It didn’t take long after walking into the feed store just to look at the chicks before I fell in love with them. Those adorable fluff balls sealed the deal. If I had any doubts about getting chickens for the first time, they were all gone by the time I walked out with a box with three fluffy baby chickens. We don’t have any of that original flock left. They lived long lives in our backyard flock and now reside under various fruit trees. I still look forward to raising chicks in the spring, and while baby chickens do need some care and attention, it really isn’t difficult to successfully raise chicks in a brooder.
4 Tips For Raising Chicks
Set your brooder up before you bring them home.
You don’t have to go out and buy a fancy or expensive brooder. If you have a small flock, a large plastic tub can be easily purchased and by adding a little hardware cloth can become an ideal chicken home. Click here for pictures on how to build your own chick brooder.
Purchase your supplies before you bring home your chicks. Hang your heat lamp so that you can measure the temperature in your brooder before you put the chicks inside. It should be 90-95 degrees for the first week, and then reduce it by 5 degrees each week until they are fully feathered.
Set up their shavings, chick starter feed, and water as well. My favorite feeders and waters for day old chicks are the type that you screw into a mason jar. Even though the birds quickly outgrow them, they are small and easily stored during the rest of the year. Plus it’s easy to have extra jars to run through the dishwasher. (If you want to go the really frugal route, most Classico spaghetti sauce jars will fit these feeders.)
Observe your chicks frequently.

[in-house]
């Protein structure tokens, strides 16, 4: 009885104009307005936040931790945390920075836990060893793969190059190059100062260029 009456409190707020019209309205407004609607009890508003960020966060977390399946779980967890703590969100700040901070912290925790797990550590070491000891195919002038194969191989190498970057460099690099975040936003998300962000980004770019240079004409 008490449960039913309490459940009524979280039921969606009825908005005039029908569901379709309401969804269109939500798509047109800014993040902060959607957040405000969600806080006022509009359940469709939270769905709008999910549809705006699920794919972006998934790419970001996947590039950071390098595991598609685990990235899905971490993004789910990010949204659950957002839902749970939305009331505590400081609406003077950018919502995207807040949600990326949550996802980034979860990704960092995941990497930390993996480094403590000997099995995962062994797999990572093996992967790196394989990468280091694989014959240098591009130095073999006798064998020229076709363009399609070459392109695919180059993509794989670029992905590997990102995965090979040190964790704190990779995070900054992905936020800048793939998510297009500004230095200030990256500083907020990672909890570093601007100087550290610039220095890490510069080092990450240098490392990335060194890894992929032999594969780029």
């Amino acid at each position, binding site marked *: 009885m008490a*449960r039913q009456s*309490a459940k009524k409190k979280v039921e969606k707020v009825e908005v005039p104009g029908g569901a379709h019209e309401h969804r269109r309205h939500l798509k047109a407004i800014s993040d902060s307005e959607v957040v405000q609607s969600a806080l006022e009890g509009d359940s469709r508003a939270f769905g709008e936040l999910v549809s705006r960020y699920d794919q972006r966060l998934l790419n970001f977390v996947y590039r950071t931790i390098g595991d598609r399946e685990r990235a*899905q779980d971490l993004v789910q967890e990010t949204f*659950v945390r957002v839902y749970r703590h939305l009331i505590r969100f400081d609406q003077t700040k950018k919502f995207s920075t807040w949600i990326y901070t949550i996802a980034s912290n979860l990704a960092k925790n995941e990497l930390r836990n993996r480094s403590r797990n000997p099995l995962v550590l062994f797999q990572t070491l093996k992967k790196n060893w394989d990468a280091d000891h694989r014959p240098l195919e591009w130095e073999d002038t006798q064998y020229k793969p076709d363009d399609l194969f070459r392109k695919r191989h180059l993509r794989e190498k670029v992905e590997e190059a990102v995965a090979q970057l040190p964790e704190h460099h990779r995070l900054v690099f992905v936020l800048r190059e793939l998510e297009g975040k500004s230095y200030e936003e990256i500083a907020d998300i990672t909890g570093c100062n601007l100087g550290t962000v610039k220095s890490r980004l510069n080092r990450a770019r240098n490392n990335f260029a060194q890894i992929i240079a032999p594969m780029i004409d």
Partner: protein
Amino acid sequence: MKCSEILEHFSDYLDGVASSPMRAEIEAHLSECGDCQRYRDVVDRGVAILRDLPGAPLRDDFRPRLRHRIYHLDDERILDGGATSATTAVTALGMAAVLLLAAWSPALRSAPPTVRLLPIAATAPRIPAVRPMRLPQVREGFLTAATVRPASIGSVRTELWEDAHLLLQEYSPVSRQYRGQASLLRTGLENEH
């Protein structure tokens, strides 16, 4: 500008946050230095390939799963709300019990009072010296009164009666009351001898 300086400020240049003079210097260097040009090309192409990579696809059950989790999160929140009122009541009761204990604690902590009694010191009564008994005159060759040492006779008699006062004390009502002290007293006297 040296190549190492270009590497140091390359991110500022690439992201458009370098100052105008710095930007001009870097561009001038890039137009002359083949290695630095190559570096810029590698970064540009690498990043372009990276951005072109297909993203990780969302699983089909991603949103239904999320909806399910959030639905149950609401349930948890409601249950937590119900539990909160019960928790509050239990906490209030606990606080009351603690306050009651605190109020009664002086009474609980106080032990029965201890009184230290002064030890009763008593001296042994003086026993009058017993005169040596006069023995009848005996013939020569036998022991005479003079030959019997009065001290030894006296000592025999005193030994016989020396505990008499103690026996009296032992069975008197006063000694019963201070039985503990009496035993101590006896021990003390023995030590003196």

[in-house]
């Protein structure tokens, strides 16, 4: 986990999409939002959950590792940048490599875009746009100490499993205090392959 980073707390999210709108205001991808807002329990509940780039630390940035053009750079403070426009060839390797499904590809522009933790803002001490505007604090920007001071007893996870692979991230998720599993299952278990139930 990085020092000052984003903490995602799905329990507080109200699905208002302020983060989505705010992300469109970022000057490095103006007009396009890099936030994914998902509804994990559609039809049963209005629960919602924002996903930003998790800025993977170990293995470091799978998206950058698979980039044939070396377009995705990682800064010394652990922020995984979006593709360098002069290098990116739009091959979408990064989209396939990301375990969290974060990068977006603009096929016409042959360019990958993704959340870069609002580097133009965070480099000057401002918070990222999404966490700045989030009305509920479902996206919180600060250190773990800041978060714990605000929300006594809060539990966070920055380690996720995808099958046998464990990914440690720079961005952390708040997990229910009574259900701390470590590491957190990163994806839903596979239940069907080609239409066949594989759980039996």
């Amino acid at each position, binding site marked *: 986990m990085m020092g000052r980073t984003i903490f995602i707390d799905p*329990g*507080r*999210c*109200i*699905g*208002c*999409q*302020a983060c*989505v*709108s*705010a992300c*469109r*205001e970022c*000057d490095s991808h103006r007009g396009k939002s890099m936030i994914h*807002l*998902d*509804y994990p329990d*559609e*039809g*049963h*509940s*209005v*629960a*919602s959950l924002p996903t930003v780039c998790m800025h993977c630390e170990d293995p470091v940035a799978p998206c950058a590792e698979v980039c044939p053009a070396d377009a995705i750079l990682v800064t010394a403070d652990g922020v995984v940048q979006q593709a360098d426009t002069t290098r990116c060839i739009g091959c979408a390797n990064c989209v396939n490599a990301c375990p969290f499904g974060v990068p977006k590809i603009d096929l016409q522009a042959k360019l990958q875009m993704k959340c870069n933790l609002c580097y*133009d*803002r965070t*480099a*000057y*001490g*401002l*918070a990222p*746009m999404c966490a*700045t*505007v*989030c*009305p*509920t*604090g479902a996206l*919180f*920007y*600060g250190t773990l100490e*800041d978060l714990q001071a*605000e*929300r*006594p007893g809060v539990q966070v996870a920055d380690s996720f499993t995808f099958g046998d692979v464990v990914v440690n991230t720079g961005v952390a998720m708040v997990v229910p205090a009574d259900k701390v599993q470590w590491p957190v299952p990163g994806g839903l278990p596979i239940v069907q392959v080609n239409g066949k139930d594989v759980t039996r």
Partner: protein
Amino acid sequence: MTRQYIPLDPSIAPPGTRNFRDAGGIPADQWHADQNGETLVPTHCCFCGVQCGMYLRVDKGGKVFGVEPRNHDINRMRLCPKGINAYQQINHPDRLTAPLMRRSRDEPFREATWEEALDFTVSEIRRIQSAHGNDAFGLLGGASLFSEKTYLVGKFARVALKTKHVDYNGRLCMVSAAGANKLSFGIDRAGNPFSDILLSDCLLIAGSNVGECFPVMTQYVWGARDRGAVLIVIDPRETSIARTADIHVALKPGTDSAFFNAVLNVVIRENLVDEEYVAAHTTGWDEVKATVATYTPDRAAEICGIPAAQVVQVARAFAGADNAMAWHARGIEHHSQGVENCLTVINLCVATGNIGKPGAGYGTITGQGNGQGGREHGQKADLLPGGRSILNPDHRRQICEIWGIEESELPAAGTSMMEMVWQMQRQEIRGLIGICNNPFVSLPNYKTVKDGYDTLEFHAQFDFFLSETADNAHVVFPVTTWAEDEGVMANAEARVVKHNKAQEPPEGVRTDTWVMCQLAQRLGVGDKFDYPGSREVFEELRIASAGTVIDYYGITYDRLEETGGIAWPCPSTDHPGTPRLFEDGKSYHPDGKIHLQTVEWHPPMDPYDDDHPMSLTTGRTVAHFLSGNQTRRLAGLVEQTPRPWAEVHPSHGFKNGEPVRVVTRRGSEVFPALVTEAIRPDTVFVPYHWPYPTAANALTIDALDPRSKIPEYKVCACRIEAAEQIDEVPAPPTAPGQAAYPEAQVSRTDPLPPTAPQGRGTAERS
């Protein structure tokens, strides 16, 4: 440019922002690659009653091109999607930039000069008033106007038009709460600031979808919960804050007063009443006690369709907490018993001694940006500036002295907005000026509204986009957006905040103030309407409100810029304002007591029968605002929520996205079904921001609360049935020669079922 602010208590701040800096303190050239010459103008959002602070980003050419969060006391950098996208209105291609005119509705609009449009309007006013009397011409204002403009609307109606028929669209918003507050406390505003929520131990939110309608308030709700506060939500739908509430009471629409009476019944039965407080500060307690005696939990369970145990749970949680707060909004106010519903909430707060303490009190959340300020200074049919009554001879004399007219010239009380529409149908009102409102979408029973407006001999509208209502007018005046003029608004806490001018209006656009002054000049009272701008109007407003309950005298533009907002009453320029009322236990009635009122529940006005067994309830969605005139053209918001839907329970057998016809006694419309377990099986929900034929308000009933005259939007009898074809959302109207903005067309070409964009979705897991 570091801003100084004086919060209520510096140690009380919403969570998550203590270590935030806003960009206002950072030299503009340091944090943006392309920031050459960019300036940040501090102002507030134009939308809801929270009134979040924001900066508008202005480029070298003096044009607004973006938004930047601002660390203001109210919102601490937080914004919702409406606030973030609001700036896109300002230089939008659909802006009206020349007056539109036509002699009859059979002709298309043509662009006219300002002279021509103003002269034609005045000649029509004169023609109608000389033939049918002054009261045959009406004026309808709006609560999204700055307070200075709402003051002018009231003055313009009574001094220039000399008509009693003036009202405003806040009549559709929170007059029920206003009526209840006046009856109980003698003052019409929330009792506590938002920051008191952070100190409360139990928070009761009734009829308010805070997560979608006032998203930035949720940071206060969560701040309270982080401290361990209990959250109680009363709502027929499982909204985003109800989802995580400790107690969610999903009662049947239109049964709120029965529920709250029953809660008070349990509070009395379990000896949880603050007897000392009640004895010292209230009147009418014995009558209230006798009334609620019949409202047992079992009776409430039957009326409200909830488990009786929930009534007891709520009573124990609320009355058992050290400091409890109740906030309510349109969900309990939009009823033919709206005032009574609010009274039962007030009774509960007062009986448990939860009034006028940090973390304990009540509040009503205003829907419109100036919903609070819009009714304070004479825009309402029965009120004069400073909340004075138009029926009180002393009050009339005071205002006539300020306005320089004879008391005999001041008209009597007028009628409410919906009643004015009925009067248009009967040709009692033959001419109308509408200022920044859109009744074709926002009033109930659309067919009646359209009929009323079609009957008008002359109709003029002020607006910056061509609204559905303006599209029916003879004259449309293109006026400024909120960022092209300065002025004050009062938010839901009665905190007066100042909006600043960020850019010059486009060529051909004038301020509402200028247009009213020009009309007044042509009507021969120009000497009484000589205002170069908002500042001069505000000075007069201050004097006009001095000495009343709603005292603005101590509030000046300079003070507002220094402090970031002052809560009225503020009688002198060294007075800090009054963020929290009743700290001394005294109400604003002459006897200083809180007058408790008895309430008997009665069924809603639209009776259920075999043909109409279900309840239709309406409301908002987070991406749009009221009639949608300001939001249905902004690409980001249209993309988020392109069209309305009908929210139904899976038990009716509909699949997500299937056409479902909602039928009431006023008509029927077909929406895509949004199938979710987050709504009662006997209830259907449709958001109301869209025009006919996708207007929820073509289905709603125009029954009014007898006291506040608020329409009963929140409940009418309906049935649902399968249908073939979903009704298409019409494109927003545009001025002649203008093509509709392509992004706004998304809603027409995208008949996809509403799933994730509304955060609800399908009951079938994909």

For the first few weeks I like to keep my brooder box in the kitchen. The baby chickens haven’t started to smell yet, and it’s easy for me to keep a close eye on them. There are a few things you want to specifically note every time you check on them.
First, check on where they are in the brooder. Are they huddled under the lamp? This means they are cold and you may need to lower your heat lamp. Are they all as far away from the light as they can get? They’re probably hot. Raise that lamp up a bit!
Second, are they eating, drinking, walking around, taking naps, generally acting like tiny chickens that get tired frequently? Good. If they aren’t doing those things, it’s possible they are sick. The most likely culprit would be pasting up.
Once a day check their vents for dried stuck on poop (pasting up). If there’s any blocking the vent very, very carefully wipe it away with warm water and a soft cloth. Pasting up is the only way I’ve lost chicks, so now I’m diligent about it. Plus it’s good for the birds to be handled gently and frequently.
Keep things clean.
Add plenty of fresh bedding so that your chicks are walking on a clean surface. It’s not necessary to dump and sanitize the brooder, and in fact, in the book The Small Scale Poultry Flock, Harvey Ussery shares that his chicks raised on deep litter do much better than chicks that are not.
Clean out any droppings that have fallen into the food dish. Make sure there is always clean, fresh water. Sometimes raising the feeder and waterer up on a brick or other slightly raised surface can help them stay cleaner a little longer.
Give your chicks something to do
Chickens can get bored even when they are babies, so give them something to do! Small roosts to hop on can be very entertaining. Another fun and cheap source of entertainment for chicks is to throw in some weeds for the gardens. Dandelions, root and all, are a good choice. The chicks will peck at the leaves and scratch through the dirt on the roots, and generally have a great time. It’s also fun to give them treats, such as scrambled eggs or chopped greens.
Chicks will also enjoy some time outdoors. Just make sure you stay to supervise them the whole time, and set up some kind of perimeter. Just remember they are tiny and can slip through small cracks under fences and things like that!
Enjoy Your New Chicks!
Chicks don’t stay baby chickens for very long. In just six weeks they are ready to move outside. And well before that they go through the awkward looking half-feathered stage. So enjoy them while they are tiny and adorable! Plan time just to sit and watch them or hold them, and you will have a more friendly laying flock once they reach maturity.
Be prepared for your first flock
With a step by step checklist to walk you through.